Edit : this blog generated some strong feedback, This is not a benchmark of Vertipaq, but rather me arguing that it is indeed possible to have a good enough OLAP SQL Engine that read from disk instead of RAM ?
Vertipaq is the columnar Database used In PowerBI, Excel and Analysis service, it is an extremely fast DB and I have being using it since 2015 without really understanding how it works, it is just there giving back results in sub second, the only time I got performance issue was when I wrote terribly bad DAX.
Just for fun and hopefully we may even learn something useful, I run a couple of simple SQL Queries in DuckDB and replicate them in PowerBI desktop and see how the two system behave,Unfortunately Vertipaq don’t expose a fully functional SQL Endpoint, so you can’t simply run a typical SQL benchmark.
All test were done using my laptop ( a Dell with 16 GB of RAM), the data is TPCH-SF10, 60 million of rows for the base table, I had to add a PK for PowerBI as it does not support join on multiple fields, you can download the raw Data here
DuckDB queries were run using Visual studio notebook, I would had prefered Malloy but it does not support native DuckDB storage format yet , you can download the python files here and how to create the DB and Tables
For PowerBI, I use DAX Studio with cache turned off.
DuckDB support multiple mode, you can just run Queries directly on parquet files, you can load the data to memory using temp tables or you can import the data using DuckDB storage format, for performance reason I import the data,
DuckDB don’t support compression very well yet, and consider the storage format as a work in progress, Index currently are not compressed and take a lot of space, without index, the size is around 3.6 GB
Parquet : 2.9 GB
DuckDB storage file format : 17 GB
Vertipaq : 3.9 GB
Notice here, DuckDB is reading from disk to run Queries, if does filter pushdown and scan only column used in Queries, Vertipaq has to load the whole database into memory before you can run any Queries, as far as I can tell this is the most important difference between the two systems and has a massive implication, both positive and negative.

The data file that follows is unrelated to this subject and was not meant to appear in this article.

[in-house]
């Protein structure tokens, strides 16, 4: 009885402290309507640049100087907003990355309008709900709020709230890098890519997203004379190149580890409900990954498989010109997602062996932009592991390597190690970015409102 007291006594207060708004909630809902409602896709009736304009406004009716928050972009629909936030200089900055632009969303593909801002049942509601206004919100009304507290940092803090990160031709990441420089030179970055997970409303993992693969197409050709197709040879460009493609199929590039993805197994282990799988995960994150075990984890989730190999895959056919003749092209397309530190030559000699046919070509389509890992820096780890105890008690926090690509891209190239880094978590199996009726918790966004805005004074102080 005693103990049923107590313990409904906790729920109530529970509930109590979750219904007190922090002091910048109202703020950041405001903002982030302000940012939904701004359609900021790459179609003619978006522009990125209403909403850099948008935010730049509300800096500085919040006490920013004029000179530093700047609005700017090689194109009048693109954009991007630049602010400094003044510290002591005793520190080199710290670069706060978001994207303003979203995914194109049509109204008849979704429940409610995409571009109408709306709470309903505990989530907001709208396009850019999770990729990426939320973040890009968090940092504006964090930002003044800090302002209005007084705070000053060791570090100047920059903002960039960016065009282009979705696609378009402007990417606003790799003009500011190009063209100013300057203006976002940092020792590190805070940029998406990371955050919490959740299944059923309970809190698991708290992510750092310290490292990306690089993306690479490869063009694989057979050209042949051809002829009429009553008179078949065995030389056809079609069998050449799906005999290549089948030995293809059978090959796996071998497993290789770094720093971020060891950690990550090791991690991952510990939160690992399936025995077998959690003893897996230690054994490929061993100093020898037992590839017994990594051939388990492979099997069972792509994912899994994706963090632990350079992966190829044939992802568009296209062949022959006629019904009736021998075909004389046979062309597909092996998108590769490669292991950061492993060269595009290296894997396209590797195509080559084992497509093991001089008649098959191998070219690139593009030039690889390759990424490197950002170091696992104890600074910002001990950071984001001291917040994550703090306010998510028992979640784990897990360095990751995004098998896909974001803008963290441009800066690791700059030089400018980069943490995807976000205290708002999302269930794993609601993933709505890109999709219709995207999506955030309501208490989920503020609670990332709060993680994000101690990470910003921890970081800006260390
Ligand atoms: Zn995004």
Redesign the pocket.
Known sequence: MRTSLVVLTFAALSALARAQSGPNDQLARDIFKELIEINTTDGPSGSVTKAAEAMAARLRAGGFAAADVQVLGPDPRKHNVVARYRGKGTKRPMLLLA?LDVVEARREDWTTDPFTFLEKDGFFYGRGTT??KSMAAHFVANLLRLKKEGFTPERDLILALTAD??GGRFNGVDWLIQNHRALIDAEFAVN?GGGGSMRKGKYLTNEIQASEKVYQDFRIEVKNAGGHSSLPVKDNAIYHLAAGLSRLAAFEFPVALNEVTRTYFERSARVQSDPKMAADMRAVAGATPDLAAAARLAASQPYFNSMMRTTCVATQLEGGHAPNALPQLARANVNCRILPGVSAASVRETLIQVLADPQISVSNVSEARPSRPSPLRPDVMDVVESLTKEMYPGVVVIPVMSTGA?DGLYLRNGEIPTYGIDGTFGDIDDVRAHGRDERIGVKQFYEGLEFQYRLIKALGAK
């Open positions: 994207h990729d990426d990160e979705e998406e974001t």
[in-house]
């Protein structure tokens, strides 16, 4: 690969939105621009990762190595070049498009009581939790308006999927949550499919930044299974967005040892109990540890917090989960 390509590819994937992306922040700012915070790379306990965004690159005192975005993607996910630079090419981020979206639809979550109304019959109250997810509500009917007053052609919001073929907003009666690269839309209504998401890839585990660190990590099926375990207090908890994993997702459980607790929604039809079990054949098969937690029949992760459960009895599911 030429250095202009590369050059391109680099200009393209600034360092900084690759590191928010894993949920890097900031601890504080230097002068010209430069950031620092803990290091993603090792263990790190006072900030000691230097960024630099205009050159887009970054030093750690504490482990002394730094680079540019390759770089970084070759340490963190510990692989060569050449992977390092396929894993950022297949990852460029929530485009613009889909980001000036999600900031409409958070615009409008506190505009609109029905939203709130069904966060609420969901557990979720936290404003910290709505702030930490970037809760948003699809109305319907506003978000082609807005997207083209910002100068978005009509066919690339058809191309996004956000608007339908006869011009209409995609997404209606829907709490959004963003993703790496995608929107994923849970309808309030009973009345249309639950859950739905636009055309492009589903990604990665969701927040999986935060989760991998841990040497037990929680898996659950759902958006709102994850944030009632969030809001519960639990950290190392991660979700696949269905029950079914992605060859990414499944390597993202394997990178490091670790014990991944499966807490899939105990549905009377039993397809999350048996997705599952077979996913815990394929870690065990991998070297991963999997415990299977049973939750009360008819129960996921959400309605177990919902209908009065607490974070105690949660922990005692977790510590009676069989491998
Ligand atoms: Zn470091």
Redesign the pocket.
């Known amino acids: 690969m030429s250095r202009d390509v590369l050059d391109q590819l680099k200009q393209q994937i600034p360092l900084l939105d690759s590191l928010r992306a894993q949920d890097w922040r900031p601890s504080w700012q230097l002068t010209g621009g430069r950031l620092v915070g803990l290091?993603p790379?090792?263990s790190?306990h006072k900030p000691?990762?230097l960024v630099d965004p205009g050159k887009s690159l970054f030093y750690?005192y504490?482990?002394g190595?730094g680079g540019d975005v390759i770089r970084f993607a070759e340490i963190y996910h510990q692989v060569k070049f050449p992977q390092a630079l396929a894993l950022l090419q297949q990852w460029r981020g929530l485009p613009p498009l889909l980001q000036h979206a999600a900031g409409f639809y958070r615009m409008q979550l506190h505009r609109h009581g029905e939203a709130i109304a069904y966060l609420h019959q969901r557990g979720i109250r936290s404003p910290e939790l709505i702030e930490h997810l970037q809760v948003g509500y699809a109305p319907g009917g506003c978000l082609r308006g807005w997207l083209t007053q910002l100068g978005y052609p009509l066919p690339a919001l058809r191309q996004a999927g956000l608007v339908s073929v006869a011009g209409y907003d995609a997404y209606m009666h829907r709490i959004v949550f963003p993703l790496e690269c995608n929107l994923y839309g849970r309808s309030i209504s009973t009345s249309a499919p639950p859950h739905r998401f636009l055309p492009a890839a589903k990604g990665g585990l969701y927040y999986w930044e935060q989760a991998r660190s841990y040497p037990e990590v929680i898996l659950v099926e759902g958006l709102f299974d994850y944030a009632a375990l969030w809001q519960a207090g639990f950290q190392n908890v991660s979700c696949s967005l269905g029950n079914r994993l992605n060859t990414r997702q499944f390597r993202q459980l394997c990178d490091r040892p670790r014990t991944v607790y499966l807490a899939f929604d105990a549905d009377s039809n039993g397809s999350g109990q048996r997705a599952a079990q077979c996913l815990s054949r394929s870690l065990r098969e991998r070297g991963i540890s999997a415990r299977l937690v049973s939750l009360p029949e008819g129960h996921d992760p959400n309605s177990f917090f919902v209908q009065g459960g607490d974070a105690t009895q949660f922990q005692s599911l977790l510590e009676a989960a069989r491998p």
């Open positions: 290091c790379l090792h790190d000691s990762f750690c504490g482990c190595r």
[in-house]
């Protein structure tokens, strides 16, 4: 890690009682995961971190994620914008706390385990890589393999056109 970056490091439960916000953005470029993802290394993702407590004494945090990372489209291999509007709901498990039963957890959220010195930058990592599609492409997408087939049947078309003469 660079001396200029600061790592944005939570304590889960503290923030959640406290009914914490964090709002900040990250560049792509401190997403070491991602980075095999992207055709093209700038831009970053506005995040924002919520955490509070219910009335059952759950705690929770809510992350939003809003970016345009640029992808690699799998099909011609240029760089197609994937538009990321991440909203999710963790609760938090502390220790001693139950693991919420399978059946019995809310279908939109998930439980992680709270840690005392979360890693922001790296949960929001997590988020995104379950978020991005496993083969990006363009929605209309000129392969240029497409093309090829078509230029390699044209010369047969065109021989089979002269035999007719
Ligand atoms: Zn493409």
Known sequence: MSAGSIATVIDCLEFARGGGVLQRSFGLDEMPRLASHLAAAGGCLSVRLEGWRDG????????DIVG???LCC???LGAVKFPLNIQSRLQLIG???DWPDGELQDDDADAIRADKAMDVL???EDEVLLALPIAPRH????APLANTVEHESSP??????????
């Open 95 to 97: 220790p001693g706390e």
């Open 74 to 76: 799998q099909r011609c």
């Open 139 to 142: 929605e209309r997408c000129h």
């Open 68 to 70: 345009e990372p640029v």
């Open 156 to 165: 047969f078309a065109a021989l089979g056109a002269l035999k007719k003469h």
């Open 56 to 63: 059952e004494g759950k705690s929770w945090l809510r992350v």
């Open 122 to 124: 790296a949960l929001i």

I am using the same Data Model as the previous blog, it is a nice bad Model for testing 🙂
1- Simple Count Distinct
DuckDB : 4.4 S
Vertipaq : 0 S
For vertipaq it is a metadata Query, the distinct count for a whole column is created when you import the data, DuckDB don’t save that particular statistic.
2- Count Distinct group by low Cardinality
low cardinality simply means column with small number of unique values.
DuckDB : 10.8 S
Vertipaq : 7.1 S
3- Count Distinct group by high Cardinality
now count the distinct values but grouping by a column L_comments which contains 33 Million unique values
DuckDB : 49 S
Vertipaq : 29 S
4 – Sum group by low Cardinality
This one is using the Famous Query 1 of TPCH Benchmark
DuckDB : 0.7 S
Vertipaq : 0.3 S
5 – Sum group by high Cardinality
DuckDB : 2.7 S
Vertipaq : 17 S
6 – Aggregate using complex relationship but group by Low cardinality
The performance of Vertipaq keep surprising me, it is using some kind of index on joins, I don’t know really how it works, but the performance is impressive
DuckDB : 4.9 S
Vertipaq : 0.9 S
7 – Aggregate using complex relationship but group by High cardinality
DuckDB : 8.4 S
Vertipaq : 5.1 S
I was surprised by this results, it seems when you group by high cardinality column it will impact Vetipaq performance.
8 – Aggregate and filter on Text
DuckDB : 3.1 S
Vertipaq : 58 S
The performance seems odd for vertipaq, maybe I am doing something wrong, but it should be straightforward
Edit : Alex was kind enough and provided this excellent explanation.
9- Count Distinct group by high Cardinality base Table 120 Million records
Basically that’s the point of the blog, yes Vertipaq works well because it does fit into my Laptop RAM, let’s try a complex Query using 120 Million ? I start getting memory errors
Actually the whole experience became sluggish, just saving any edits take ages.
Let’s try DuckDB, I will just Query from parquet, I don’t want to ingest 120 million records for one Query
here is the summary results
Vertipaq is extremely fast but the performance degrade when dealing with High cardinality columns, filtering using string seems slow though, the Index on join or whatever the engine is doing is genius, the result for the Query 4 and 6 are magic as far as I am concerned.
DuckDB is impressive especially with the fact it is reading from Disk, yes, it is slower than Vertipaq for a small Data size which is expected as generally speaking scanning from RAM will be faster than Disk, but it does scale better.
If your data don’t fit into the RAM, DuckDB seems like an interesting proposition.